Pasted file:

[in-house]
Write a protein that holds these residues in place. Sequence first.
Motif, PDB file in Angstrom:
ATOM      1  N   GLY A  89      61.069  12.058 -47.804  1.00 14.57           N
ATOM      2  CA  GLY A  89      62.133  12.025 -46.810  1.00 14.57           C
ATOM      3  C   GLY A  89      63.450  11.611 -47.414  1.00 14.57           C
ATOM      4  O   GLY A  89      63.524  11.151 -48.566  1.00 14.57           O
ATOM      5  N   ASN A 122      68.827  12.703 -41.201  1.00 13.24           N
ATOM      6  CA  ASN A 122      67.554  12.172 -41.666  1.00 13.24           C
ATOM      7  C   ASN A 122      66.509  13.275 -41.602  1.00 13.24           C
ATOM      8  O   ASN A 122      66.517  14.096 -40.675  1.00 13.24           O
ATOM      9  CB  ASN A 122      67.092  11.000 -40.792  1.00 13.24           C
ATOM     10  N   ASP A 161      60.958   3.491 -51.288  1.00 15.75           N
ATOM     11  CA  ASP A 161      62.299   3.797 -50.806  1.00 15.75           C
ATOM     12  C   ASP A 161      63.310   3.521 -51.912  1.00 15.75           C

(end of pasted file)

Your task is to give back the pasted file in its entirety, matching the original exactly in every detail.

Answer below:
[in-house]
Write a protein that holds these residues in place. Sequence first.
Motif, PDB file in Angstrom:
ATOM      1  N   GLY A  89      61.069  12.058 -47.804  1.00 14.57           N
ATOM      2  CA  GLY A  89      62.133  12.025 -46.810  1.00 14.57           C
ATOM      3  C   GLY A  89      63.450  11.611 -47.414  1.00 14.57           C
ATOM      4  O   GLY A  89      63.524  11.151 -48.566  1.00 14.57           O
ATOM      5  N   ASN A 122      68.827  12.703 -41.201  1.00 13.24           N
ATOM      6  CA  ASN A 122      67.554  12.172 -41.666  1.00 13.24           C
ATOM      7  C   ASN A 122      66.509  13.275 -41.602  1.00 13.24           C
ATOM      8  O   ASN A 122      66.517  14.096 -40.675  1.00 13.24           O
ATOM      9  CB  ASN A 122      67.092  11.000 -40.792  1.00 13.24           C
ATOM     10  N   ASP A 161      60.958   3.491 -51.288  1.00 15.75           N
ATOM     11  CA  ASP A 161      62.299   3.797 -50.806  1.00 15.75           C
ATOM     12  C   ASP A 161      63.310   3.521 -51.912  1.00 15.75           C